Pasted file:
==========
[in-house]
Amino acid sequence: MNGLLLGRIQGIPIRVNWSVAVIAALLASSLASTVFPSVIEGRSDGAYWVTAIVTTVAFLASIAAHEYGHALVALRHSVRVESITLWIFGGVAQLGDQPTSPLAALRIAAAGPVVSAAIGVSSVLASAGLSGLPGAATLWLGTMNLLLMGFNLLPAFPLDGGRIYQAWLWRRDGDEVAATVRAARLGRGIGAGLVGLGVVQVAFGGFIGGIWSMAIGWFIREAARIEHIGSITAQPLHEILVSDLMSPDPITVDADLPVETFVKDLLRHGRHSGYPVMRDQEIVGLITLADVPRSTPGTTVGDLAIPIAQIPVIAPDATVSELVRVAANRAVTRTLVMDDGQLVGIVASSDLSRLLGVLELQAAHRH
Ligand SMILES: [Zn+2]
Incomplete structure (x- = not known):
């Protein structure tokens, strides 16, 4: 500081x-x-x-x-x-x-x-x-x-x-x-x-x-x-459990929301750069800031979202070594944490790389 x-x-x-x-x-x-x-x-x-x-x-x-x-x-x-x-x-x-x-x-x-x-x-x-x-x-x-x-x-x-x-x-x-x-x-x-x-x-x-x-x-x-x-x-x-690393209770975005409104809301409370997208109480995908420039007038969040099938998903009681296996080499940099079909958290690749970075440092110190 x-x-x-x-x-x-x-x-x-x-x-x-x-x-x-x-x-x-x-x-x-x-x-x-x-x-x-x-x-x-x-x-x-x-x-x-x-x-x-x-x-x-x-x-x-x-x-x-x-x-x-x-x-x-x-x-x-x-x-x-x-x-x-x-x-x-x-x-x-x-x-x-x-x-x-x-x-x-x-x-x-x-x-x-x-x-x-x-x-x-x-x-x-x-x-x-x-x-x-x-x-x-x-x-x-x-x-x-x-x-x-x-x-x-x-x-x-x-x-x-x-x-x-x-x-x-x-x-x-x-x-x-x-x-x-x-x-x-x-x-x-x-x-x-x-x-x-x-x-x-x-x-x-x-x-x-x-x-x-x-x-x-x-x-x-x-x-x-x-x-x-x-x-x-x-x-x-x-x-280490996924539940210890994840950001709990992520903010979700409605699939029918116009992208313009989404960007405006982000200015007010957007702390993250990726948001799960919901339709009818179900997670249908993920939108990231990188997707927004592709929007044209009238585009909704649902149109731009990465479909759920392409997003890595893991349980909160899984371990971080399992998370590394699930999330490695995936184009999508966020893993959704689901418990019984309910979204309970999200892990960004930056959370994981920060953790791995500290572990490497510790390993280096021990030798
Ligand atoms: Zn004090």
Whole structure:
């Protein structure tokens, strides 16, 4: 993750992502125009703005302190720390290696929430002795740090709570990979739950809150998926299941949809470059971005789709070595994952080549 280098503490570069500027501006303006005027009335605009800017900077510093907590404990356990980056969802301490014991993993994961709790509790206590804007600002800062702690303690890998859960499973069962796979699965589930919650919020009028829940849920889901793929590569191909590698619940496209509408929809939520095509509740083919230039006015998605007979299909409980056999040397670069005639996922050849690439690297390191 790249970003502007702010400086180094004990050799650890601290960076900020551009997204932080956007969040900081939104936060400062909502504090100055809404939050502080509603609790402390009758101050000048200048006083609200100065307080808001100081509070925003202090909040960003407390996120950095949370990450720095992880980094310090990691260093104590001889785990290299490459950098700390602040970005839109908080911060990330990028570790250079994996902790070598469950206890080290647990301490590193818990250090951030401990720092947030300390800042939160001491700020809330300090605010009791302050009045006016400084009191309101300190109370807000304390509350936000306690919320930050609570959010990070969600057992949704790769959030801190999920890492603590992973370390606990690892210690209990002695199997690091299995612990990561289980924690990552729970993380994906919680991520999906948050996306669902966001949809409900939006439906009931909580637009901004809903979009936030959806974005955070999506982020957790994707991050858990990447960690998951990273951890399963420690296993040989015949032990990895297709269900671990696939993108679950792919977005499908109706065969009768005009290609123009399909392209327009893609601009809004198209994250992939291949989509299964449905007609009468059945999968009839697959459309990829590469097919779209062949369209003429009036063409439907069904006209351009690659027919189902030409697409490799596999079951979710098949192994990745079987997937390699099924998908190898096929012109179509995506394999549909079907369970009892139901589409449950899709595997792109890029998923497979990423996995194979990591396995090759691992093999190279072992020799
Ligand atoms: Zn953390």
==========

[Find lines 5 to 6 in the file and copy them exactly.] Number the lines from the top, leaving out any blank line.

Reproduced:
């Protein structure tokens, strides 16, 4: 500081x-x-x-x-x-x-x-x-x-x-x-x-x-x-459990929301750069800031979202070594944490790389 x-x-x-x-x-x-x-x-x-x-x-x-x-x-x-x-x-x-x-x-x-x-x-x-x-x-x-x-x-x-x-x-x-x-x-x-x-x-x-x-x-x-x-x-x-690393209770975005409104809301409370997208109480995908420039007038969040099938998903009681296996080499940099079909958290690749970075440092110190 x-x-x-x-x-x-x-x-x-x-x-x-x-x-x-x-x-x-x-x-x-x-x-x-x-x-x-x-x-x-x-x-x-x-x-x-x-x-x-x-x-x-x-x-x-x-x-x-x-x-x-x-x-x-x-x-x-x-x-x-x-x-x-x-x-x-x-x-x-x-x-x-x-x-x-x-x-x-x-x-x-x-x-x-x-x-x-x-x-x-x-x-x-x-x-x-x-x-x-x-x-x-x-x-x-x-x-x-x-x-x-x-x-x-x-x-x-x-x-x-x-x-x-x-x-x-x-x-x-x-x-x-x-x-x-x-x-x-x-x-x-x-x-x-x-x-x-x-x-x-x-x-x-x-x-x-x-x-x-x-x-x-x-x-x-x-x-x-x-x-x-x-x-x-x-x-x-x-x-280490996924539940210890994840950001709990992520903010979700409605699939029918116009992208313009989404960007405006982000200015007010957007702390993250990726948001799960919901339709009818179900997670249908993920939108990231990188997707927004592709929007044209009238585009909704649902149109731009990465479909759920392409997003890595893991349980909160899984371990971080399992998370590394699930999330490695995936184009999508966020893993959704689901418990019984309910979204309970999200892990960004930056959370994981920060953790791995500290572990490497510790390993280096021990030798
Ligand atoms: Zn004090």